by Masha Tupitsyn
Do we see (have) these kinds of moments of seeing in real life or do they happen only in camera space? In the fiction of movies. Is the face of the lover loving and seeing the lover restricted to mise-en-scène? Is the lover’s face just another visual trope? Two visual tropes = Love. Seeing the seeing. It’s true, love is also a reaction shot. But who is witness to the reaction shot off-screen?
by Bridget Alsdorf
Despite the figures’ narrow spacing in a supposedly “sociable” group setting, there is no interaction between them; they gaze blindly past each other in all different directions, dissociating into solipsistic individuals. Their close proximity only exacerbates the psychological distance that seems to separate them – at no point do they touch or make eye contact, showing just enough “association” to convey a common purpose while still maintaining distinctly separate realms of attention.
by John Crutchfield
The first time I visited Leipzig, Germany was late in the winter of 1992, not long after the much-hyped reunification. The East was still very much “The East,” and though money was pouring in from the federal government, no one really seemed to know what the rules were. Out of sheer uncertainty, or else habit, people continued to shop at the old communist grocery store chain, Konsum, where there was one kind of bread, one kind of butter, one kind of milk in a bottle you brought back for your 10-pfennig deposit.
by Michael B. Katz
Like most writers on poverty in the late 1980s, I did not realize how hegemonic the conservative story of welfare and poverty had become, and how far to the right American social politics would shift even under Democratic administrations. Nor did we grasp that massive economic inequality accompanied by declining real wages, the erosion of private as well as public employee benefits, and the rise of what one friend refers to as the “gig economy” would define a new social structure of insecurity.
by Jesse Miksic
Creon makes Death into theater, rather than allowing it to run its course. He invites the scavengers and the curses of his kin, rather than making a space for the silence left by the loss of a loved one. There is a sense in which we, the inheritors of the classical tradition, have still not learned the lesson that Creon learned about Death’s rightful place in the world of the living. Nowhere is this more evident than in pop culture’s fetishistic denial of death, which takes its purest form in horror cinema.
by Andrea Brady
Her birth was the first and hardest lesson in making myself a soak. In labour I needed to learn to accept my own passivity for the person in transit. Then she was there, the torrent of pain slammed shut by a blizzard of miraculous newness. The midwives gave me a new name, her eyes stretched open in incumbent shock, and everything was different, including space and time: the yellow hospital corridor in the night suddenly intimate, the communal space between breaths, their commemorative prosodies.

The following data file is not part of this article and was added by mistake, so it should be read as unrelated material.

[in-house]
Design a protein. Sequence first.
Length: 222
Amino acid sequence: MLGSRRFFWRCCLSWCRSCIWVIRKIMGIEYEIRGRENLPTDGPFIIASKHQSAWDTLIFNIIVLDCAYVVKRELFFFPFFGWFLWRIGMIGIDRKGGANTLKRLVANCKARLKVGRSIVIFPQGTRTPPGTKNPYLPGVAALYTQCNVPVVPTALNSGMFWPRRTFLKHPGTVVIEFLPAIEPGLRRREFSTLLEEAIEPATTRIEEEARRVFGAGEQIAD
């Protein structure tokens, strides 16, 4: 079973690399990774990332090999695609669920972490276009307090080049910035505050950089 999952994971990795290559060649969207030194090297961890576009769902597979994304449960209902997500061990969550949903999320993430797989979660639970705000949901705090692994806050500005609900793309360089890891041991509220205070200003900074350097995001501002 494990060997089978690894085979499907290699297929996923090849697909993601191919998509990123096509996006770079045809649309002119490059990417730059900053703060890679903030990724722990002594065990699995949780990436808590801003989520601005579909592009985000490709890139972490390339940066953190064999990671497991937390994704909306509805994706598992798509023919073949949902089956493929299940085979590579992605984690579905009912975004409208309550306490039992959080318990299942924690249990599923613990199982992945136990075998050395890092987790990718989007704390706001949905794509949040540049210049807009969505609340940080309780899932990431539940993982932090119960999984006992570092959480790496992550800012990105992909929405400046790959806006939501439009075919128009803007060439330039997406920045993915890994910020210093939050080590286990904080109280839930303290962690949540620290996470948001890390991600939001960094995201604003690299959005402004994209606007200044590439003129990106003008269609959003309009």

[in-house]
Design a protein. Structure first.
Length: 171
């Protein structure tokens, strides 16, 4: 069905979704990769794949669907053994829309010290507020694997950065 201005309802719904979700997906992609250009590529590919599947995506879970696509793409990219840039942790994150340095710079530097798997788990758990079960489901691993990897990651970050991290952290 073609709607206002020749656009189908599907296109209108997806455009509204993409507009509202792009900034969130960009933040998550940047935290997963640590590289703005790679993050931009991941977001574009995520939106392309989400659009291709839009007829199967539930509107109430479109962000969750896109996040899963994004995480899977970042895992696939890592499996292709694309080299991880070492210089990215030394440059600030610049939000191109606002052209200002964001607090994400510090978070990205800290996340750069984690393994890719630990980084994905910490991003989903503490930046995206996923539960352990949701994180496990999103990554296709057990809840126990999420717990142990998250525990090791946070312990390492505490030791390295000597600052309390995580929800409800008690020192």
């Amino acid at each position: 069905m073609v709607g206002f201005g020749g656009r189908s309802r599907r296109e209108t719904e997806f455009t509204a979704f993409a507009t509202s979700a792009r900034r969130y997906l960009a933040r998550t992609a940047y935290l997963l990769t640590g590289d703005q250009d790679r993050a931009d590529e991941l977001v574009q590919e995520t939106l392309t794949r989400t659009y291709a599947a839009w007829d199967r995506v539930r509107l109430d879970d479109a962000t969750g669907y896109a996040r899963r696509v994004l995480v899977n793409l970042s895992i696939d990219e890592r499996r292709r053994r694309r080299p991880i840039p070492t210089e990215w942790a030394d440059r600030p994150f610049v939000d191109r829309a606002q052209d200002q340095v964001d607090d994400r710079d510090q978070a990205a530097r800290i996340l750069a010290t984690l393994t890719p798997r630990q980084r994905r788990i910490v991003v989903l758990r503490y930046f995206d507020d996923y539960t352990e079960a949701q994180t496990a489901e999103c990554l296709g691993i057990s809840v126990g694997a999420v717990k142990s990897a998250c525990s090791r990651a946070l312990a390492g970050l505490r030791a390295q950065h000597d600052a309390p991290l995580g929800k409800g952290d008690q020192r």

by Rossella Ferrari
Focusing on experimental theatre practices in the China since the start of the so-called post-Mao period (after 1976), one can trace the evolutions and transmutations of avant-garde aesthetics, discourse and criticism from the seminal stages of “pure” avant-gardism in the 1980s to manifestations of “pop avant-garde” praxis since the mid- to late 1990s, in consequence of the growing commoditisation and internationalisation of the cultural scene triggered by the economic reforms launched in the previous decade.
by Barbara Newman
If, as C. S. Lewis claimed, the old gods die to faith but rise as allegory, then old myths die to religion but rise as fantasy. Thanks to The Golden Bough and its sibling, Jessie Weston’s From Ritual to Romance, twentieth-century scholars had a field day with medieval romance, combing its enigmatic plots for remnants of pagan lore. These prove to be legion: along with the fairy challenge scenario, they include magic fountains, spinning castles, shape-shifting hags that turn into beautiful maidens, and beheading games that pit a mortal against a supernatural being.
by David Joselit
Contemporary artists theorize the plasticity of information, and develop aesthetic responses appropriate to the Age of Google — a moment when inventing new content has become less significant than searching for and aggregating existing information. This situation — what I call “the epistemology of search” — has a history dating back to at least the mid-twentieth century.
by Monica Popescu
Literature should generate lively public debates — all scholars worth their salt will proclaim. We believe in the importance of culture and think that intellectual tussles over significant books, and not celebrity gossip, should grace the front page of newspapers. Yet half a year ago, South African and international magazines as well as the online media exploded. The subject is J. M. Coetzee, his work, his legacy and the status of South African literature at home and abroad.
by Audra J. Wolfe
Last November I sat in a hotel ballroom surrounded by fellow historians of science as a baffling (to me, anyway) exchange unfolded over the legitimacy of the term “Cold War Social Science.”
by Fyodor Dostoyevsky
The other day I saw a wedding … but no, I had better tell you about the Christmas tree. The wedding was nice, I liked it very much; but the other incident was better. I don’t know how it was that, looking at that wedding, I thought of that Christmas tree. This was what happened. Just five years ago, on New Year’s Eve, I was invited to a children’s party.